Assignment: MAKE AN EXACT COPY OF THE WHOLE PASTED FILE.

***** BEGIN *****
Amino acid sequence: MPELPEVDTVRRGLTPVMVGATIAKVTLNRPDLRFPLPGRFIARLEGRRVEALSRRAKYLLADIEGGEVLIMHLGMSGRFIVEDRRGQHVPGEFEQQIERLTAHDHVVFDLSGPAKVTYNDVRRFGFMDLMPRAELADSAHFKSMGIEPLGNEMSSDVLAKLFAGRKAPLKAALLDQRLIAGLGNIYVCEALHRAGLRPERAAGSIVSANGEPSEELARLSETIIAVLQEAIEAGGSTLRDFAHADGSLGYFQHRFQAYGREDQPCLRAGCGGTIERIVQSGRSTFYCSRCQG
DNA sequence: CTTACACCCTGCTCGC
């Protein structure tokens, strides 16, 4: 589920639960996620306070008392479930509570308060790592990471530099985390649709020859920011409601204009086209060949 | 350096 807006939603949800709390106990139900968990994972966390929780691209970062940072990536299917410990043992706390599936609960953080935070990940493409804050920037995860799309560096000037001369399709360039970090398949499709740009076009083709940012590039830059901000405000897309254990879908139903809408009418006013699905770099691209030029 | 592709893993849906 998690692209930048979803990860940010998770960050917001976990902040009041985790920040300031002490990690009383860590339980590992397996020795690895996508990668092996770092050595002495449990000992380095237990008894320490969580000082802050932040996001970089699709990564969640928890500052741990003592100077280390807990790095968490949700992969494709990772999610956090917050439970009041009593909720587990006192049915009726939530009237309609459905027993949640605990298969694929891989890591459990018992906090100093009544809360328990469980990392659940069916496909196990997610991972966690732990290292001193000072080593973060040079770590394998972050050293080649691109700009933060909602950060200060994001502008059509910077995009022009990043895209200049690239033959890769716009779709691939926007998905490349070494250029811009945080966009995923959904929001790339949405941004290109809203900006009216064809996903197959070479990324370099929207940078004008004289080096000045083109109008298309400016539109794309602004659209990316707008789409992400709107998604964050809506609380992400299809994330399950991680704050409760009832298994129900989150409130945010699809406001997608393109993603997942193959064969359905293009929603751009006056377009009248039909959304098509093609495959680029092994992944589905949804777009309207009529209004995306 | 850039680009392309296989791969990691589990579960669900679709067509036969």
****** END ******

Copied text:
Amino acid sequence: MPELPEVDTVRRGLTPVMVGATIAKVTLNRPDLRFPLPGRFIARLEGRRVEALSRRAKYLLADIEGGEVLIMHLGMSGRFIVEDRRGQHVPGEFEQQIERLTAHDHVVFDLSGPAKVTYNDVRRFGFMDLMPRAELADSAHFKSMGIEPLGNEMSSDVLAKLFAGRKAPLKAALLDQRLIAGLGNIYVCEALHRAGLRPERAAGSIVSANGEPSEELARLSETIIAVLQEAIEAGGSTLRDFAHADGSLGYFQHRFQAYGREDQPCLRAGCGGTIERIVQSGRSTFYCSRCQG
DNA sequence: CTTACACCCTGCTCGC
């Protein structure tokens, strides 16, 4: 589920639960996620306070008392479930509570308060790592990471530099985390649709020859920011409601204009086209060949 | 350096 807006939603949800709390106990139900968990994972966390929780691209970062940072990536299917410990043992706390599936609960953080935070990940493409804050920037995860799309560096000037001369399709360039970090398949499709740009076009083709940012590039830059901000405000897309254990879908139903809408009418006013699905770099691209030029 | 592709893993849906 998690692209930048979803990860940010998770960050917001976990902040009041985790920040300031002490990690009383860590339980590992397996020795690895996508990668092996770092050595002495449990000992380095237990008894320490969580000082802050932040996001970089699709990564969640928890500052741990003592100077280390807990790095968490949700992969494709990772999610956090917050439970009041009593909720587990006192049915009726939530009237309609459905027993949640605990298969694929891989890591459990018992906090100093009544809360328990469980990392659940069916496909196990997610991972966690732990290292001193000072080593973060040079770590394998972050050293080649691109700009933060909602950060200060994001502008059509910077995009022009990043895209200049690239033959890769716009779709691939926007998905490349070494250029811009945080966009995923959904929001790339949405941004290109809203900006009216064809996903197959070479990324370099929207940078004008004289080096000045083109109008298309400016539109794309602004659209990316707008789409992400709107998604964050809506609380992400299809994330399950991680704050409760009832298994129900989150409130945010699809406001997608393109993603997942193959064969359905293009929603751009006056377009009248039909959304098509093609495959680029092994992944589905949804777009309207009529209004995306 | 850039680009392309296989791969990691589990579960669900679709067509036969």